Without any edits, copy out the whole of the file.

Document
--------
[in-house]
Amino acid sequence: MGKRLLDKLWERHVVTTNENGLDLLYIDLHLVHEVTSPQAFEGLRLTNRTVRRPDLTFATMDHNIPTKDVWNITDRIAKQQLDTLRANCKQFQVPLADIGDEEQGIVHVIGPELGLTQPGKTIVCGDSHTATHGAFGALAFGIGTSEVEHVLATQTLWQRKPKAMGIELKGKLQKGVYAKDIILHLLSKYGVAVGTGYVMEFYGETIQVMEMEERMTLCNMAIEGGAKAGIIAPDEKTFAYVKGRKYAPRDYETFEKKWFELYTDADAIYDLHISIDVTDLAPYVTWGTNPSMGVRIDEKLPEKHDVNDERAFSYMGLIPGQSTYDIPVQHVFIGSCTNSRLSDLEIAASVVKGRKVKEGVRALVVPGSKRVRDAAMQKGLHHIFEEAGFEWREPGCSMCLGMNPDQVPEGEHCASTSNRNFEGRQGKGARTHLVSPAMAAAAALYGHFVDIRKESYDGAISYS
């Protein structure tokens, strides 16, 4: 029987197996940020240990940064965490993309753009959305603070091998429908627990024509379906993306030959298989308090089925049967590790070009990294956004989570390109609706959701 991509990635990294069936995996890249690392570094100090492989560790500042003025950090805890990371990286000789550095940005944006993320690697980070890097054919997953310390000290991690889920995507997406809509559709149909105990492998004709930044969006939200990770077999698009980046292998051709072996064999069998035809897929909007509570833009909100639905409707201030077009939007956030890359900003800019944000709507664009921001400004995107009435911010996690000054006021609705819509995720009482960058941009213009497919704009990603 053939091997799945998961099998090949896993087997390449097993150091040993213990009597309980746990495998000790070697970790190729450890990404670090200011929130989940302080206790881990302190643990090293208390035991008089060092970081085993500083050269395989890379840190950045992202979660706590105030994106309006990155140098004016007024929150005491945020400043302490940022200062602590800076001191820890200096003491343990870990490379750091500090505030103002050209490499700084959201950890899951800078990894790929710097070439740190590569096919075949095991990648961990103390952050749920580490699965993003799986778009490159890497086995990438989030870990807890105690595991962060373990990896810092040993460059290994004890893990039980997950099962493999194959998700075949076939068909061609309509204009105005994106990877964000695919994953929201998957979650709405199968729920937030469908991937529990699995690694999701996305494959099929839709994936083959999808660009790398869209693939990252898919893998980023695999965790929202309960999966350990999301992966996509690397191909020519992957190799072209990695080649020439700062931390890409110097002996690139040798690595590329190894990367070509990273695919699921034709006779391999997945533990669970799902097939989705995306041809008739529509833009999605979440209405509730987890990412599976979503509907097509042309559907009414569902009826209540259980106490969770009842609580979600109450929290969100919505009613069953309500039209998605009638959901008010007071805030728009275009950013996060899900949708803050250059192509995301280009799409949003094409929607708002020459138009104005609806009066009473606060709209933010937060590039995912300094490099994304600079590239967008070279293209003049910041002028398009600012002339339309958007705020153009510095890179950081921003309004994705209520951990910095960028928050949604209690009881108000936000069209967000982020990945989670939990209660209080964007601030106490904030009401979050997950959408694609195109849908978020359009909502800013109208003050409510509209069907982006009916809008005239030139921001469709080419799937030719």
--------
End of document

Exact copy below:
[in-house]
Amino acid sequence: MGKRLLDKLWERHVVTTNENGLDLLYIDLHLVHEVTSPQAFEGLRLTNRTVRRPDLTFATMDHNIPTKDVWNITDRIAKQQLDTLRANCKQFQVPLADIGDEEQGIVHVIGPELGLTQPGKTIVCGDSHTATHGAFGALAFGIGTSEVEHVLATQTLWQRKPKAMGIELKGKLQKGVYAKDIILHLLSKYGVAVGTGYVMEFYGETIQVMEMEERMTLCNMAIEGGAKAGIIAPDEKTFAYVKGRKYAPRDYETFEKKWFELYTDADAIYDLHISIDVTDLAPYVTWGTNPSMGVRIDEKLPEKHDVNDERAFSYMGLIPGQSTYDIPVQHVFIGSCTNSRLSDLEIAASVVKGRKVKEGVRALVVPGSKRVRDAAMQKGLHHIFEEAGFEWREPGCSMCLGMNPDQVPEGEHCASTSNRNFEGRQGKGARTHLVSPAMAAAAALYGHFVDIRKESYDGAISYS
């Protein structure tokens, strides 16, 4: 029987197996940020240990940064965490993309753009959305603070091998429908627990024509379906993306030959298989308090089925049967590790070009990294956004989570390109609706959701 991509990635990294069936995996890249690392570094100090492989560790500042003025950090805890990371990286000789550095940005944006993320690697980070890097054919997953310390000290991690889920995507997406809509559709149909105990492998004709930044969006939200990770077999698009980046292998051709072996064999069998035809897929909007509570833009909100639905409707201030077009939007956030890359900003800019944000709507664009921001400004995107009435911010996690000054006021609705819509995720009482960058941009213009497919704009990603 053939091997799945998961099998090949896993087997390449097993150091040993213990009597309980746990495998000790070697970790190729450890990404670090200011929130989940302080206790881990302190643990090293208390035991008089060092970081085993500083050269395989890379840190950045992202979660706590105030994106309006990155140098004016007024929150005491945020400043302490940022200062602590800076001191820890200096003491343990870990490379750091500090505030103002050209490499700084959201950890899951800078990894790929710097070439740190590569096919075949095991990648961990103390952050749920580490699965993003799986778009490159890497086995990438989030870990807890105690595991962060373990990896810092040993460059290994004890893990039980997950099962493999194959998700075949076939068909061609309509204009105005994106990877964000695919994953929201998957979650709405199968729920937030469908991937529990699995690694999701996305494959099929839709994936083959999808660009790398869209693939990252898919893998980023695999965790929202309960999966350990999301992966996509690397191909020519992957190799072209990695080649020439700062931390890409110097002996690139040798690595590329190894990367070509990273695919699921034709006779391999997945533990669970799902097939989705995306041809008739529509833009999605979440209405509730987890990412599976979503509907097509042309559907009414569902009826209540259980106490969770009842609580979600109450929290969100919505009613069953309500039209998605009638959901008010007071805030728009275009950013996060899900949708803050250059192509995301280009799409949003094409929607708002020459138009104005609806009066009473606060709209933010937060590039995912300094490099994304600079590239967008070279293209003049910041002028398009600012002339339309958007705020153009510095890179950081921003309004994705209520951990910095960028928050949604209690009881108000936000069209967000982020990945989670939990209660209080964007601030106490904030009401979050997950959408694609195109849908978020359009909502800013109208003050409510509209069907982006009916809008005239030139921001469709080419799937030719």